Arnold Man Keeps Home Brewers Hopping


ARNOLD — Nishan Topjian left Saudi Arabia with his hobby and his arms intact.

The Lebanese-born, Arnold resident is a home brewer, a hobby he picked up as a businessman in the Middle East, but one that could havegotten his arms chopped off by Islamic authorities, who prohibit such home activities.

But Topjian says the beer was well worth the risk. "It's a very different culture. We learned to be careful," Topjian said.

He kepthis hobby strictly to himself until coming to the Annapolis area 12 years ago and opening the first -- and still only -- home brewing shop in the county.

It wasn't always so difficult to find the "Beer &Wine Hobby Shoppe," now operated out of the Topjian's waterfront home on Dividing Creek Road in Arnold.

Downtown Annapolis shoppers may remember the "Beer & Wine Hobby Shoppe" that Nishan Topjian and wife Mania operated in the Market Space Mall in the late 1970s and mid-1980s until his landlord yanked his lease in favor of The Gap ClothingCo.

"It was September of about five years ago at the height of wine-making season when we were displaced by The Gap," he said.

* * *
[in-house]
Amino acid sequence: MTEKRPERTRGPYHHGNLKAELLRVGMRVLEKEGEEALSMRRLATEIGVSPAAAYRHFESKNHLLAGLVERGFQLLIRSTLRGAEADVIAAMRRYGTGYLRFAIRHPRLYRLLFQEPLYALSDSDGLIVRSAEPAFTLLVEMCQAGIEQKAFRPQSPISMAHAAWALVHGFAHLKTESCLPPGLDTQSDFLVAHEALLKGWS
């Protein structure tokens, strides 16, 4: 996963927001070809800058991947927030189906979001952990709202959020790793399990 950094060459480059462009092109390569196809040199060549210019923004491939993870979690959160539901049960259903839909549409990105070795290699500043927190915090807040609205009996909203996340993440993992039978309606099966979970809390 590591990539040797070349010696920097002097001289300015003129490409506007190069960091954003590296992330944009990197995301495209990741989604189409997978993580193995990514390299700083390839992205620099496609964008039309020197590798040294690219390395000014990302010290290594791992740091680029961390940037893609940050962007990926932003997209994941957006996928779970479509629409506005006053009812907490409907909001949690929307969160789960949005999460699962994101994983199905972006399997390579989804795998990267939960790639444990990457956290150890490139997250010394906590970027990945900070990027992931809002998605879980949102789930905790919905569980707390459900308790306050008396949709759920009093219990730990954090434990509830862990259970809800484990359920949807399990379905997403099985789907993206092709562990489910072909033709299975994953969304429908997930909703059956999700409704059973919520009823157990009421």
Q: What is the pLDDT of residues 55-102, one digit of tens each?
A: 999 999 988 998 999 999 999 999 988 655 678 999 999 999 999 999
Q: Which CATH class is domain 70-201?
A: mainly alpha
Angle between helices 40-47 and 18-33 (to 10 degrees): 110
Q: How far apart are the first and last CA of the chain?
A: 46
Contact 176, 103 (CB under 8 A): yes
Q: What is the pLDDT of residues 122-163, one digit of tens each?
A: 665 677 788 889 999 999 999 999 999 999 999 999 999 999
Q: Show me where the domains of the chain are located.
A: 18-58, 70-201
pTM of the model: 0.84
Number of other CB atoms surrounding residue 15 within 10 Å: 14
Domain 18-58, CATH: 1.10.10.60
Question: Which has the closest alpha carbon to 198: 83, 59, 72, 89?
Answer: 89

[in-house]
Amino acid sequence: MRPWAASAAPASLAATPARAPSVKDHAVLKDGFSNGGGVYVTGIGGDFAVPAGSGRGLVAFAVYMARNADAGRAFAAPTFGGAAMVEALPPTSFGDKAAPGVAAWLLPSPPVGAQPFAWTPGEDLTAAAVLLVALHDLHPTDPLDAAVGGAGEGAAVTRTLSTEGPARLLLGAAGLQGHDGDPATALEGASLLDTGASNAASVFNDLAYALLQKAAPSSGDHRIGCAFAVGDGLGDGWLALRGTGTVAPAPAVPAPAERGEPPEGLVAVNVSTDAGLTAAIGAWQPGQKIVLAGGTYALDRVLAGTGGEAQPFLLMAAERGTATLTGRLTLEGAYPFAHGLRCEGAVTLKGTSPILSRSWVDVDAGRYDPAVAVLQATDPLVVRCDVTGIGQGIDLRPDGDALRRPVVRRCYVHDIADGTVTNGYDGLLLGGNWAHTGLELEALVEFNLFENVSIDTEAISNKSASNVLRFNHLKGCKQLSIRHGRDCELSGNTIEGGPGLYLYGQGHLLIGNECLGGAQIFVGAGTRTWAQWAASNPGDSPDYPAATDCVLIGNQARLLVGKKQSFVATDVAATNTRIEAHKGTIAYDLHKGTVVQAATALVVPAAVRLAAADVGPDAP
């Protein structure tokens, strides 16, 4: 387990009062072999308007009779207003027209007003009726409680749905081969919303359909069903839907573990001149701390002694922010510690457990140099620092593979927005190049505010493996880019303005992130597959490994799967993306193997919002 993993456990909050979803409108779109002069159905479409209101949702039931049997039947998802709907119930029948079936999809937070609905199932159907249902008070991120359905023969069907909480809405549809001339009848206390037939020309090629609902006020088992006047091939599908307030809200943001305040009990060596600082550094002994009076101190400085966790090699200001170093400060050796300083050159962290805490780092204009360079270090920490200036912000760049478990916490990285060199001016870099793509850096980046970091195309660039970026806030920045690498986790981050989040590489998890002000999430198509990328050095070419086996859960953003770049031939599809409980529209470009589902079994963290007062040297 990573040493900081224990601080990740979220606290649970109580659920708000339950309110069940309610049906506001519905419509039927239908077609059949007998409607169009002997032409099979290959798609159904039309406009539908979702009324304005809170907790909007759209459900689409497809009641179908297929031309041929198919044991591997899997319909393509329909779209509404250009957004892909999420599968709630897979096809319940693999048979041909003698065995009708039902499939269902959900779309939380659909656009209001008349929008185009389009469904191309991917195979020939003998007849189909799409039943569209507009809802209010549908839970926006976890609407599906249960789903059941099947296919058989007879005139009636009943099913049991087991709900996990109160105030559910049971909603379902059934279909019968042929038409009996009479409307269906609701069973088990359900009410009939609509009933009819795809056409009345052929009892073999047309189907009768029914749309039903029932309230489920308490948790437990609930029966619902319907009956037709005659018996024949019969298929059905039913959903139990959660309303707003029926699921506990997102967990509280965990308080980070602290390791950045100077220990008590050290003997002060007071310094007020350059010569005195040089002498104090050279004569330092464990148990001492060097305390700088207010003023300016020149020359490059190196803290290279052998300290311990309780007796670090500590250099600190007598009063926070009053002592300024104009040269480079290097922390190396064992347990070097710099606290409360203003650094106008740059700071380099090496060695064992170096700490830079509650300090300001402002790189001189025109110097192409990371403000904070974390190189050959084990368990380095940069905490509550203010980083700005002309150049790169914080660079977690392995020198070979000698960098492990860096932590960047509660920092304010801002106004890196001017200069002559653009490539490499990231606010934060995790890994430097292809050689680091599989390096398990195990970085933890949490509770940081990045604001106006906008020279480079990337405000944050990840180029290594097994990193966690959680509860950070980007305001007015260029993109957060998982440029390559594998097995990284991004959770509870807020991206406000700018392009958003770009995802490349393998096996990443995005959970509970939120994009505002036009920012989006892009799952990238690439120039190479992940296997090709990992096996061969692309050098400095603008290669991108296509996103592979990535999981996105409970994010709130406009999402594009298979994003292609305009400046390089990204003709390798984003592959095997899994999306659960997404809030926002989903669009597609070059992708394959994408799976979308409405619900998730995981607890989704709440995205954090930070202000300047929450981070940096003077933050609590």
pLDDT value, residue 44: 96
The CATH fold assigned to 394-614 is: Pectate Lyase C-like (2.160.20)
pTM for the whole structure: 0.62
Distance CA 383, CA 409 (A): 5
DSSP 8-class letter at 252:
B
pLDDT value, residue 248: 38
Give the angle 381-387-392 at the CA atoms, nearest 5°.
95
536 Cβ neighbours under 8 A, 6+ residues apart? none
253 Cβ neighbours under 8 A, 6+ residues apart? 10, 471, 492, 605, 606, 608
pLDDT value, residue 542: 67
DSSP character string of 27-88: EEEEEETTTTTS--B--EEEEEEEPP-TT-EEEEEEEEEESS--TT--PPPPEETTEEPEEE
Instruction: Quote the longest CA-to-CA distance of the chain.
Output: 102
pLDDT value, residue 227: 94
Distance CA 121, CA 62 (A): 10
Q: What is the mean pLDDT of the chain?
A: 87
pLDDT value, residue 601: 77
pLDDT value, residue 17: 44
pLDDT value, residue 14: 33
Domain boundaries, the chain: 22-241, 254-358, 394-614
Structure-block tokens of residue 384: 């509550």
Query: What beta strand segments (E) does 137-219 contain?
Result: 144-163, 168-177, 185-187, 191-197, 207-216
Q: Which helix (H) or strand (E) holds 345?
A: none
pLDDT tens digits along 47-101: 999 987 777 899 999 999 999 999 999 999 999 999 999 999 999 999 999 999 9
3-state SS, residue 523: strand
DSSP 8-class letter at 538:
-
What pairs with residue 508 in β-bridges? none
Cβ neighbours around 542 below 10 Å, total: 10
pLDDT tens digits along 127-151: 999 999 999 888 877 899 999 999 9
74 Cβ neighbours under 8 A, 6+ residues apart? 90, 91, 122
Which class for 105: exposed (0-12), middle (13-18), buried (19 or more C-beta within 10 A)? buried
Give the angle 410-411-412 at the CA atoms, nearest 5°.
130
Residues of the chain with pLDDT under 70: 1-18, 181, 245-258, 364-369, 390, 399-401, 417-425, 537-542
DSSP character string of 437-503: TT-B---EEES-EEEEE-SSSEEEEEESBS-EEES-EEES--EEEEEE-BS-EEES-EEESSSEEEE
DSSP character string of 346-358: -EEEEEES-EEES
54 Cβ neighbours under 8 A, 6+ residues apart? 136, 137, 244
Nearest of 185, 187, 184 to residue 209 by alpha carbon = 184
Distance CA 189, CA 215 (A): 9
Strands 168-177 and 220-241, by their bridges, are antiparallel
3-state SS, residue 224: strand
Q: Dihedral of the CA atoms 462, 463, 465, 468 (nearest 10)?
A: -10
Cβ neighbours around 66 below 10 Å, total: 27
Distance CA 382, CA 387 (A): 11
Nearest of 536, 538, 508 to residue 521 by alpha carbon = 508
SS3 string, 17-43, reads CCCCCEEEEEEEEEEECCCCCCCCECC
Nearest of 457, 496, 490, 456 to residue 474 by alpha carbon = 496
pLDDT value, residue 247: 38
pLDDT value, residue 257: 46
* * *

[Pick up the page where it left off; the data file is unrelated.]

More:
"Allthe winemakers that we supplied from as far away as the Eastern Shore and Virginia still needed their equipment so we invited them to ourhouse. The parking was easier so we just stayed," he said.

NishanTopjian recalls his migration five years later standing between his Saab and a wall of beer-making equipment that ranges in value from 10-cent custom bottle labels to a $100 pressurized beer keg that allowsyou to brew and serve beer from the same vessel.

The shop is openjust three hours a day, five days a week as he and his wife have taken other jobs.

Despite the underground look of his business, Topjian, who works during the day as a land developer, insists that the hobby has gained a good deal of respectability and boasts that he has neurosurgeons and scientists among his regular clients. "They are fascinated by the exact nature and cleanliness necessary to make good beer."

He continued, "Most make it because they like the taste of quality ingredients and the pride of making something that's their own. It's like fancy cooking; you can control what goes in and make it to taste."

Since home brewers don't have to pay to advertise, ship and handle their product, they can afford exotic premium hops, yeasts and malts and barleys and still pay less than they would for bottom-line, store-bought varieties.

Home brewers pay between $9 and $18 for a batch that makes 10 six-packs. Start-up kits range between $28 and $100.

Brewing is as easy as following an elaborate recipe, but learning the fine points means consulting the masters.

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